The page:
Why Software Engineering is not Engineering in the classical sense

I recently had some odd experiences with some software engineering firms that made me realize, poignantly, how different software engineering is from engineering in the classical sense (that is, mechanical, civil, elecrtrical, etc.).

(I’m not going to play word politics here and say that software engineers are not engineers [1]. Software engineers can call themselves whatever they want, as far as I’m concerned. But regardless of what you call it, software engineering is not in the same job as mechanical, civil, electrical, etc., engineering.)

Anyways, I recently interviewed for two software positions, one of which I was extremely qualified for technically, the other borderline qualified [2]. I was quite surprised to be rejected for both positions, not because of any lack of technical merit, but apparently because I didn’t seem excited enough about the job. Even for the job I was only borderline qualified for, my interviewer’s main objection was that he couldn’t see any “passion”. Coming from a background in engineering in the classical sense, it was inconceivable to me that it would even be a factor.

Now, I know for a fact that, at least in aerospace, many engineers walk around all day with about as much passion as a block of wood, and yet do their jobs just fine. I was one of them myself. But, apparently, software engineering is different. “Passion” or “excitement” is a common requirement for software engineering jobs (that is, unless you work for Microsoft, which is well known to be one of the most emotionless companies there is).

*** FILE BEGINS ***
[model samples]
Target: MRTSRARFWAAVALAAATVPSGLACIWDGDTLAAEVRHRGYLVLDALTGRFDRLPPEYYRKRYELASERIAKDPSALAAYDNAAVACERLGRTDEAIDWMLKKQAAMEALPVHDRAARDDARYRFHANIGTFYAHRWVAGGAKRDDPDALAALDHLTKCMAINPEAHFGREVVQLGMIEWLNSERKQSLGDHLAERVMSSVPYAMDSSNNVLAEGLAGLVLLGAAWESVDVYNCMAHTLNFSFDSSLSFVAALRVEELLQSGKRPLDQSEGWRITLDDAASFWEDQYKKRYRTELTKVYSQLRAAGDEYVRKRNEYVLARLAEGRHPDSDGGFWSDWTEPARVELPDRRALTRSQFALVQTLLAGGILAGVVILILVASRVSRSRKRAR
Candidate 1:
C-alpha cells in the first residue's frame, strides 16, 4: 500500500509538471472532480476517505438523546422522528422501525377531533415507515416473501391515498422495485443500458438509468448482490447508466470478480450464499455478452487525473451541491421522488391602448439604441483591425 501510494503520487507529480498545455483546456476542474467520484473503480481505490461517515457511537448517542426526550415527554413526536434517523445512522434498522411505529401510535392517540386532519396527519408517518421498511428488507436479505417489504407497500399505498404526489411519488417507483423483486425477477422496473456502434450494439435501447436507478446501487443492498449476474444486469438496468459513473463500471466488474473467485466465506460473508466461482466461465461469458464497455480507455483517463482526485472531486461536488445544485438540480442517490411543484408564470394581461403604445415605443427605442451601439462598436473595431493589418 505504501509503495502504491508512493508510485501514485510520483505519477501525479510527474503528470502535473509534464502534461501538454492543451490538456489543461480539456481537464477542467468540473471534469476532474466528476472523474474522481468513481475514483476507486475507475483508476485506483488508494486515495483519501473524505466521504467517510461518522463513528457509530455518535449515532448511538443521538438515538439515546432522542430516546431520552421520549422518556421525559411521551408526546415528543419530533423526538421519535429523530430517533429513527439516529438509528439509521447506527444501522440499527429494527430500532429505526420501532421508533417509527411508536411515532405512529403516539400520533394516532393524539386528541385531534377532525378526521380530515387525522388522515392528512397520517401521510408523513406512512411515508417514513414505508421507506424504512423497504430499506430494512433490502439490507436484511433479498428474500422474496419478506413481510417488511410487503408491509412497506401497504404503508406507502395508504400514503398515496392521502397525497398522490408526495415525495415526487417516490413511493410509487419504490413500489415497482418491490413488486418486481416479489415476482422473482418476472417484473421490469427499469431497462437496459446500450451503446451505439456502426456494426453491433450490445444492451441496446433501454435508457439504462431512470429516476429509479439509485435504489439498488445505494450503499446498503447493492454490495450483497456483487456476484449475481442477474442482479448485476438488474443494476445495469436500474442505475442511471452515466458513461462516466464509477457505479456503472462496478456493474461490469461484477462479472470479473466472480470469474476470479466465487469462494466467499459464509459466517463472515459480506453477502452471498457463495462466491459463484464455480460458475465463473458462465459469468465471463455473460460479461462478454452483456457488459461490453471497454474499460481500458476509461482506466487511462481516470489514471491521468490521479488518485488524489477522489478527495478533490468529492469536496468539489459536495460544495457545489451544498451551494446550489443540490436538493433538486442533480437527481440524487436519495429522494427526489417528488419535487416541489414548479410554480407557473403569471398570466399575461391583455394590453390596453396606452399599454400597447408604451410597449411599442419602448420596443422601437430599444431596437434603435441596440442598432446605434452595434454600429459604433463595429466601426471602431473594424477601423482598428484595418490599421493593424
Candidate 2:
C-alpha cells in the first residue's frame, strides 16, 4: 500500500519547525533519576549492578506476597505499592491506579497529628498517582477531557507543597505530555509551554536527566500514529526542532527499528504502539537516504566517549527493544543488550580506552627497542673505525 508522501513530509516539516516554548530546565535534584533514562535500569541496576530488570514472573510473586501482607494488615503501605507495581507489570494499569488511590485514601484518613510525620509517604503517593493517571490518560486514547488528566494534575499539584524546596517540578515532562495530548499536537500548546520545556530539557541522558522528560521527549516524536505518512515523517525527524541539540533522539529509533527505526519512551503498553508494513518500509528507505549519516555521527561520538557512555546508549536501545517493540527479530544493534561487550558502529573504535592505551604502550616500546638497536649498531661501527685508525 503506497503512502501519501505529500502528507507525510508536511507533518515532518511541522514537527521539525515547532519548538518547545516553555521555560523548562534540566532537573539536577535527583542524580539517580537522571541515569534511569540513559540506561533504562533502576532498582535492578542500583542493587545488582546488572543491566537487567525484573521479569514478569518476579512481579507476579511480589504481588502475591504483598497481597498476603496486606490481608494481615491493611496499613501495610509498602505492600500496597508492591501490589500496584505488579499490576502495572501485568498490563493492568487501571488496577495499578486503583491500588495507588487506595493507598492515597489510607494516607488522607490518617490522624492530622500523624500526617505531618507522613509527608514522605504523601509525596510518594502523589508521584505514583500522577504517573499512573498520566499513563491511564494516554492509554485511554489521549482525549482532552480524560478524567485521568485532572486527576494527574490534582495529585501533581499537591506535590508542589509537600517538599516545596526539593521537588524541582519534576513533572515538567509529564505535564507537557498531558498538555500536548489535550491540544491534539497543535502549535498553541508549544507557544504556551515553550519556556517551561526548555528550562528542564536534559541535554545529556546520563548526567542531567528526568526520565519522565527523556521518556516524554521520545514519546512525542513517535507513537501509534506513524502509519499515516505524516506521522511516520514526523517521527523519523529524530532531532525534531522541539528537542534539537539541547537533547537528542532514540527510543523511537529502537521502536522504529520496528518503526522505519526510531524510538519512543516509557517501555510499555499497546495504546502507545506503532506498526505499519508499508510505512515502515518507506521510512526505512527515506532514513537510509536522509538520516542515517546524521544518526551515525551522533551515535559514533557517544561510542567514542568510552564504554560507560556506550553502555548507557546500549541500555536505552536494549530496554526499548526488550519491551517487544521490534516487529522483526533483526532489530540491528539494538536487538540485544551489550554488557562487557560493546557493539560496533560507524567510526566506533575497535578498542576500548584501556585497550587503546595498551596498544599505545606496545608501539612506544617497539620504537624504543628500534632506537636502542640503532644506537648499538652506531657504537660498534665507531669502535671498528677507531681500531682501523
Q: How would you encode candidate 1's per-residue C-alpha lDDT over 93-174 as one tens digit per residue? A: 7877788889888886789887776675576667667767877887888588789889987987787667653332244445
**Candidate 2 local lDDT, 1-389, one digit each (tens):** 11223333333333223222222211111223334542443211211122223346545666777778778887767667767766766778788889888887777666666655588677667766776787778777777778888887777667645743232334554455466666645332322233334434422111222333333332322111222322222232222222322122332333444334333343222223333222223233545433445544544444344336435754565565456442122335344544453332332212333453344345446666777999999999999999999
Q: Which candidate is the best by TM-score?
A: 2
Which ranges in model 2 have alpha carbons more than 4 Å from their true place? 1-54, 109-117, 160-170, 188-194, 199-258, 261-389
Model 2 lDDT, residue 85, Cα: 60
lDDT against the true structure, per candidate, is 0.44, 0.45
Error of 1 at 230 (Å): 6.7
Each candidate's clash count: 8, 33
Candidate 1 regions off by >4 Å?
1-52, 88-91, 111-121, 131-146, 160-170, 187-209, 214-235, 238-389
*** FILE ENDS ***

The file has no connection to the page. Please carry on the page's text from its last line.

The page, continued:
But is outward passion really necessary to do the job? At first glance, it seems that if aerospace engineers can do their job without passion, software engineers should be able to, too.

But first glances can be deceiving.

Compare the subject matter of the two fields. Computer programming has a subtle human warmth to it that classical engineering tasks (say, control theory or truss analysis) lack. There’s a level of expressiveness in writing software that is utterly absent in truss analysis, and I believe that this expressiveness attracts passion. In other words, software engineering is inherently passionate. In this respect, it is a lot closer to architecture than engineering.

Whether passion is actually necessary or even helpful for software engineering is not so certain. Personally, I doubt it. Regardless, the fact that software engineering can even generate passion demonstrates what aa different beast it is. Though classical engineering and software engineering are both technical fields, the expressiveness of software leads to crucial differences between the two.

Bottom line is: Engineers in the classical sense don’t get excited. Software engineers do. Therefore, software engineers aren’t engineers in the classical sense.

[1] Besides, if I wanted to do that, there’s a better argument: software engineers are not eligible to receive an engineering licence from any state.

[2] The job seemed to entail having detailed knowledge of arcane aspects of C++; totally not my thing.

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  1. Sad that you had to spend a career where no engineer got excited about what they were doing. My experience as a product development engineer (BSME and MSME) has allowed for alot of excitement. Perhaps your problem has more to do with the industry you come from versus the industry you are trying to change to

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